• alanine aminotransferase;
  • chronic hepatitis B;
  • genotype;
  • HBeAg seroconversion;
  • hepatitis B virus;
  • lamivudine;
  • viral load


Background/Aims: A pretherapy serum alanine aminotransferase (ALT) level above five times the upper limit of normal (ULN) is known to predict hepatitis B e antigen (HBeAg) seroconversion during lamivudine therapy for chronic hepatitis B patients. However, whether an even higher pretherapy serum ALT value or other viral factors could affect treatment responses remains unclear.

Patients and methods: A total of 253 HBeAg-positive chronic hepatitis B patients who had a pretherapy serum ALT level over five times ULN and received lamivudine for 12–18 months were retrospectively collected. Among these patients, 38% had received prior lamivudine treatment. HBeAg seroconversion was the primary endpoint of treatment. Baseline clinical and viral features were compared between responders and non-responders at the end of treatment and 6 months post-treatment.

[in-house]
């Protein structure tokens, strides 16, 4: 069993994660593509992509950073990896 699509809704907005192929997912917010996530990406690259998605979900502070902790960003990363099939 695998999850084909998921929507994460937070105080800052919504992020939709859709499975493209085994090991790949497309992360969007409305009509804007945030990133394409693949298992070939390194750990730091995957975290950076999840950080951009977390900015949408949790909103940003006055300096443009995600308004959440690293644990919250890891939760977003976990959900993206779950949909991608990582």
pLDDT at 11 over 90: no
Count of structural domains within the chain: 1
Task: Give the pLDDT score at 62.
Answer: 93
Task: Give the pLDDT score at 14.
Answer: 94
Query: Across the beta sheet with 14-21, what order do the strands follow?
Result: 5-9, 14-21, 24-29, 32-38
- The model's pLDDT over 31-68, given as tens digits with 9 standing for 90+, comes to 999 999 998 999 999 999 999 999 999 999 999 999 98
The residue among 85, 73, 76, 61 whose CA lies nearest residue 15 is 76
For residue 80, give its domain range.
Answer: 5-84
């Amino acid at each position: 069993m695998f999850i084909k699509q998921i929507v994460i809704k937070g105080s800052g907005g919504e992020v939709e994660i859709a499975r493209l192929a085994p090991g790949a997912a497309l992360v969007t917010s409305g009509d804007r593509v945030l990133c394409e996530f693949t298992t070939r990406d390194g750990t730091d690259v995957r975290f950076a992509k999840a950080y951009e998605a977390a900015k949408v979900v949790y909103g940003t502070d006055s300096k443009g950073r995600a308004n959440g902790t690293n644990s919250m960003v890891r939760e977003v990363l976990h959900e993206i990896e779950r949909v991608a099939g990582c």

Results: At the end of therapy, the overall HBeAg seroconversion rate was 33.6%. For lamivudine-naïve patients, the HBeAg seroconversion rate was 37.8%. Subgroup analysis showed that patients with pretherapy ALT levels over 10 times ULN had a significantly higher HBeAg seroconversion rate than those with a pretherapy ALT level between five and 10 times ULN at 3 months (P=0.045) and 6 months (P=0.037) of lamivudine treatment. No significant difference was found in terms of pretherapy serum ALT values, viral load and genotypes between seroconverters and non-seroconverters.

Conclusions: For lamivudine-treated HBeAg-positive patients with pretherapy ALT levels over five times ULN, an even higher ALT level could predict earlier HBeAg seroconversion; however, neither ALT levels nor viral factors correlate with higher response rates after 12–18 months of treatment.